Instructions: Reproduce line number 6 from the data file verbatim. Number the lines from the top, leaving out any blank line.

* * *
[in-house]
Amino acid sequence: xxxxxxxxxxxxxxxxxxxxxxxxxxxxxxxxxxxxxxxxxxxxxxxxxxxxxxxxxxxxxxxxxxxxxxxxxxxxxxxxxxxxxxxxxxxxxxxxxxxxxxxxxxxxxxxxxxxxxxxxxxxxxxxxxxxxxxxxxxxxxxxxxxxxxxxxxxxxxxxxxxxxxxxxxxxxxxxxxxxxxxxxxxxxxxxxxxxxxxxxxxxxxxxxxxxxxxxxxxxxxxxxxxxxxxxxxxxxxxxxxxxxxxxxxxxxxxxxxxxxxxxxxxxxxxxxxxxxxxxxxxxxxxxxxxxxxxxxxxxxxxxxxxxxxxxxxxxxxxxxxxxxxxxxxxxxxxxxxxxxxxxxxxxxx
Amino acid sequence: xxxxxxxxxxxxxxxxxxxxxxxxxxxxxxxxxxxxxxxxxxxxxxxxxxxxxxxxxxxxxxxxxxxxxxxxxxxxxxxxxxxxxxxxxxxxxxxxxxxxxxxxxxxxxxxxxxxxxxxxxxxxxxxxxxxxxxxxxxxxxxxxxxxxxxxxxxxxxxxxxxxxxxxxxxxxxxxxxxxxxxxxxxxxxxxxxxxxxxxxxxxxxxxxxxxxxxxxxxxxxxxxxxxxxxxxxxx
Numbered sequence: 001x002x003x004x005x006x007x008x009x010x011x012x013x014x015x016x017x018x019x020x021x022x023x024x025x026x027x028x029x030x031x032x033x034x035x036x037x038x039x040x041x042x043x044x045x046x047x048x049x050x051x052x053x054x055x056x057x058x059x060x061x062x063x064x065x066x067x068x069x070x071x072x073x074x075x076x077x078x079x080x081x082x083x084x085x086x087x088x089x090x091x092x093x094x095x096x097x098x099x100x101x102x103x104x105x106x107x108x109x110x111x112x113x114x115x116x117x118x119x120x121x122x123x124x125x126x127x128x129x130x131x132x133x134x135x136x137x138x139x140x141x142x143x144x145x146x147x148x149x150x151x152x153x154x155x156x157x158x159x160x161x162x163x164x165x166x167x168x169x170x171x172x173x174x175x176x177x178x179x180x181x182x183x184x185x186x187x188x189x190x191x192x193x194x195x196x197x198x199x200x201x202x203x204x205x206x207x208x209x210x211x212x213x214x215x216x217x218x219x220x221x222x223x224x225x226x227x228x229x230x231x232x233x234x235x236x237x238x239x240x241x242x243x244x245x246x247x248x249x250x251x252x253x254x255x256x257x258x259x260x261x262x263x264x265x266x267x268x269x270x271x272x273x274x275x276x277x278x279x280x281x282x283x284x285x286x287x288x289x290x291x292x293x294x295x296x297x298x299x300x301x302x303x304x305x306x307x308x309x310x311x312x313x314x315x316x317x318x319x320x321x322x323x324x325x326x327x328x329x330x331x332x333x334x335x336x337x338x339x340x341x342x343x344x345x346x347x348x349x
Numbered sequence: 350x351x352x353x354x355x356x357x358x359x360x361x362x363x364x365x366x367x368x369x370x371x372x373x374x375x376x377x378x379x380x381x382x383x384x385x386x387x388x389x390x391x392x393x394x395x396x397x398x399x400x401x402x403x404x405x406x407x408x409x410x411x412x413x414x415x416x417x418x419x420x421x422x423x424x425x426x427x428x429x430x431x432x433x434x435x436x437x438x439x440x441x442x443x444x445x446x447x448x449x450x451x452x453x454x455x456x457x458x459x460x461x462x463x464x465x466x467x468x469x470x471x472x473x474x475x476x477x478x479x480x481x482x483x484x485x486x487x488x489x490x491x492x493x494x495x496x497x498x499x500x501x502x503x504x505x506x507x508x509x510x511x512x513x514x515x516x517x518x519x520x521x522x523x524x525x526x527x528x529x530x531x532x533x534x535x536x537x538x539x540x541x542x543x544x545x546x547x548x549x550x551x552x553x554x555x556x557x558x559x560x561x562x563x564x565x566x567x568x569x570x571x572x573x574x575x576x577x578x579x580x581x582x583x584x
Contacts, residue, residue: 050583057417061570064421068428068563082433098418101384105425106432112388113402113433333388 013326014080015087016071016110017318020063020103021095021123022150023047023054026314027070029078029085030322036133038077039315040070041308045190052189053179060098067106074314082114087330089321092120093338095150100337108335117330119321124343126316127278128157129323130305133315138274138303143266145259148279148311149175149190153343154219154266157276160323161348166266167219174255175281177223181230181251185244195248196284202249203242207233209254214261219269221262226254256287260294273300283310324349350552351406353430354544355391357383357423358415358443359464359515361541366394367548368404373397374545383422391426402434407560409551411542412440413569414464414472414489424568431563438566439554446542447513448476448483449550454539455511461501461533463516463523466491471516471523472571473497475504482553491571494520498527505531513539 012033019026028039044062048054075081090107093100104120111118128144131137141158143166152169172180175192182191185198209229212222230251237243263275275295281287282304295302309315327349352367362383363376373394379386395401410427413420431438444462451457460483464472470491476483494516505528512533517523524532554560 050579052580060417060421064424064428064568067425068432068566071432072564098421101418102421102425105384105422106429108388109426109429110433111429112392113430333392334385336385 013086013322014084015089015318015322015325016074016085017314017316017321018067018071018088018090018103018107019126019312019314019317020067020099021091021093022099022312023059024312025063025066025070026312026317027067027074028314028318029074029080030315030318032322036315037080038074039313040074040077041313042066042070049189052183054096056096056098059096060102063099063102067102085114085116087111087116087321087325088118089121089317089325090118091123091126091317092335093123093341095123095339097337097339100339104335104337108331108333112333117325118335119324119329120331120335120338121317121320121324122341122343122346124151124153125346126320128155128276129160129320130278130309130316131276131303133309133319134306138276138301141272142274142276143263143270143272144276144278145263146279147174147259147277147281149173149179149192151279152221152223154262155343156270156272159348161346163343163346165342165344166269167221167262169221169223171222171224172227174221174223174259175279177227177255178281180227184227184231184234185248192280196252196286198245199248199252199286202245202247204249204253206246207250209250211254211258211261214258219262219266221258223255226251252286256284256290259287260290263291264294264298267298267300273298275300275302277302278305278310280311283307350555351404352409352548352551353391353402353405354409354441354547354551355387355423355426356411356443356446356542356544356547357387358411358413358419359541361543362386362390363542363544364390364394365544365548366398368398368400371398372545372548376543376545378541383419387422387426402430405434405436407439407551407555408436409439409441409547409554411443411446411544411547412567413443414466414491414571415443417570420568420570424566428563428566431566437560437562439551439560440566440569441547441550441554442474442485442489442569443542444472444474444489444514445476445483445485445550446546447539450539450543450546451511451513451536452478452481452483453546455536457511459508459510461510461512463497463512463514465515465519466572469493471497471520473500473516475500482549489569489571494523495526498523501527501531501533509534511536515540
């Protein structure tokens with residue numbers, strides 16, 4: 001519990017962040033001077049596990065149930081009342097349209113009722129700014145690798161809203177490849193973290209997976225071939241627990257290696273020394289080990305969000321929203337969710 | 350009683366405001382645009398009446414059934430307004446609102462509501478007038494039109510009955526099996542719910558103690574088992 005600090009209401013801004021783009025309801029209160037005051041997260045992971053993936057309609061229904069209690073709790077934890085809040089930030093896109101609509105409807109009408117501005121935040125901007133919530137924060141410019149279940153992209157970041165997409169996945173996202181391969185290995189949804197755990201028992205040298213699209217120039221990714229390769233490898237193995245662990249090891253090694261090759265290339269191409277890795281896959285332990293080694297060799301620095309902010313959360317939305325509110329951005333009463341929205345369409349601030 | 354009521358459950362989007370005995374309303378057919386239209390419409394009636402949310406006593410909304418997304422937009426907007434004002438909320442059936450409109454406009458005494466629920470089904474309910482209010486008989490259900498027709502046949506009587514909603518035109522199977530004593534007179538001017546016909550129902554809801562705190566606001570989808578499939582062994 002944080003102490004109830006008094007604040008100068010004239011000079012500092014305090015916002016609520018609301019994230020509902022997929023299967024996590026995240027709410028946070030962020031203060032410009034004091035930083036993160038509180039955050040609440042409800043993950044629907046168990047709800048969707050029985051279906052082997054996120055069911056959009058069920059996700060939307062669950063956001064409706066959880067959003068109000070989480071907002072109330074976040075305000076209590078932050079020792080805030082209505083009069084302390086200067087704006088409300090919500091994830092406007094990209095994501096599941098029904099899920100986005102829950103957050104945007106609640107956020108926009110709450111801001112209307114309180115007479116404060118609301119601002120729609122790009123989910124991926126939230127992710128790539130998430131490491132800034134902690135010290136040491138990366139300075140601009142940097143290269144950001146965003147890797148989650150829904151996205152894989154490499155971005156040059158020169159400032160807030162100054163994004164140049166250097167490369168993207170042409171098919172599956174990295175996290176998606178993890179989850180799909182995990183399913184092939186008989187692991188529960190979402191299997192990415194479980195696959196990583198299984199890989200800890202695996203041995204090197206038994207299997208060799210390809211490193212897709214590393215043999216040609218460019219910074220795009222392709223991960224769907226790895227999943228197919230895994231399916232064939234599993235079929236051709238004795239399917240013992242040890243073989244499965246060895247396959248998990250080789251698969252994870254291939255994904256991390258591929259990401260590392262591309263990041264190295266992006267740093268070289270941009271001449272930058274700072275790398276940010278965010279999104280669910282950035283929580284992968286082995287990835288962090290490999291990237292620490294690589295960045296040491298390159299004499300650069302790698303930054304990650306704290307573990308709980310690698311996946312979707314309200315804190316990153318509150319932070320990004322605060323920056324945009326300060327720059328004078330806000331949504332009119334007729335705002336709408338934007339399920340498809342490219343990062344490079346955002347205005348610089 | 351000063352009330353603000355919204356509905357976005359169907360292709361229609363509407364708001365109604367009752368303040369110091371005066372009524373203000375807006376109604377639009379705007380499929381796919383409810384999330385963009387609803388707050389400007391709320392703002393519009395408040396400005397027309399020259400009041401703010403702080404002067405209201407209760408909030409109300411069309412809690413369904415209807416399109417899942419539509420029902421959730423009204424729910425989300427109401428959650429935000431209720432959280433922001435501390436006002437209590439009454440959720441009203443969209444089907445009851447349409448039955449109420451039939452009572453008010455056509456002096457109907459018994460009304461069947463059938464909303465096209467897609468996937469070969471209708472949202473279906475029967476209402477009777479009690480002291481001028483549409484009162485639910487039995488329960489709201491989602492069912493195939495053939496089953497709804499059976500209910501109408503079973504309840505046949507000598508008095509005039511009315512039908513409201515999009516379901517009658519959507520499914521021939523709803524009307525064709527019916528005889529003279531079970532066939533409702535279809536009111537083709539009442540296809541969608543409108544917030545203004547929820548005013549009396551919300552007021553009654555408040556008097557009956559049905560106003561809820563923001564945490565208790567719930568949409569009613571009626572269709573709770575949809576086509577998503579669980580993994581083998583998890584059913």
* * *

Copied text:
Contacts, residue, residue: 050583057417061570064421068428068563082433098418101384105425106432112388113402113433333388 013326014080015087016071016110017318020063020103021095021123022150023047023054026314027070029078029085030322036133038077039315040070041308045190052189053179060098067106074314082114087330089321092120093338095150100337108335117330119321124343126316127278128157129323130305133315138274138303143266145259148279148311149175149190153343154219154266157276160323161348166266167219174255175281177223181230181251185244195248196284202249203242207233209254214261219269221262226254256287260294273300283310324349350552351406353430354544355391357383357423358415358443359464359515361541366394367548368404373397374545383422391426402434407560409551411542412440413569414464414472414489424568431563438566439554446542447513448476448483449550454539455511461501461533463516463523466491471516471523472571473497475504482553491571494520498527505531513539 012033019026028039044062048054075081090107093100104120111118128144131137141158143166152169172180175192182191185198209229212222230251237243263275275295281287282304295302309315327349352367362383363376373394379386395401410427413420431438444462451457460483464472470491476483494516505528512533517523524532554560 050579052580060417060421064424064428064568067425068432068566071432072564098421101418102421102425105384105422106429108388109426109429110433111429112392113430333392334385336385 013086013322014084015089015318015322015325016074016085017314017316017321018067018071018088018090018103018107019126019312019314019317020067020099021091021093022099022312023059024312025063025066025070026312026317027067027074028314028318029074029080030315030318032322036315037080038074039313040074040077041313042066042070049189052183054096056096056098059096060102063099063102067102085114085116087111087116087321087325088118089121089317089325090118091123091126091317092335093123093341095123095339097337097339100339104335104337108331108333112333117325118335119324119329120331120335120338121317121320121324122341122343122346124151124153125346126320128155128276129160129320130278130309130316131276131303133309133319134306138276138301141272142274142276143263143270143272144276144278145263146279147174147259147277147281149173149179149192151279152221152223154262155343156270156272159348161346163343163346165342165344166269167221167262169221169223171222171224172227174221174223174259175279177227177255178281180227184227184231184234185248192280196252196286198245199248199252199286202245202247204249204253206246207250209250211254211258211261214258219262219266221258223255226251252286256284256290259287260290263291264294264298267298267300273298275300275302277302278305278310280311283307350555351404352409352548352551353391353402353405354409354441354547354551355387355423355426356411356443356446356542356544356547357387358411358413358419359541361543362386362390363542363544364390364394365544365548366398368398368400371398372545372548376543376545378541383419387422387426402430405434405436407439407551407555408436409439409441409547409554411443411446411544411547412567413443414466414491414571415443417570420568420570424566428563428566431566437560437562439551439560440566440569441547441550441554442474442485442489442569443542444472444474444489444514445476445483445485445550446546447539450539450543450546451511451513451536452478452481452483453546455536457511459508459510461510461512463497463512463514465515465519466572469493471497471520473500473516475500482549489569489571494523495526498523501527501531501533509534511536515540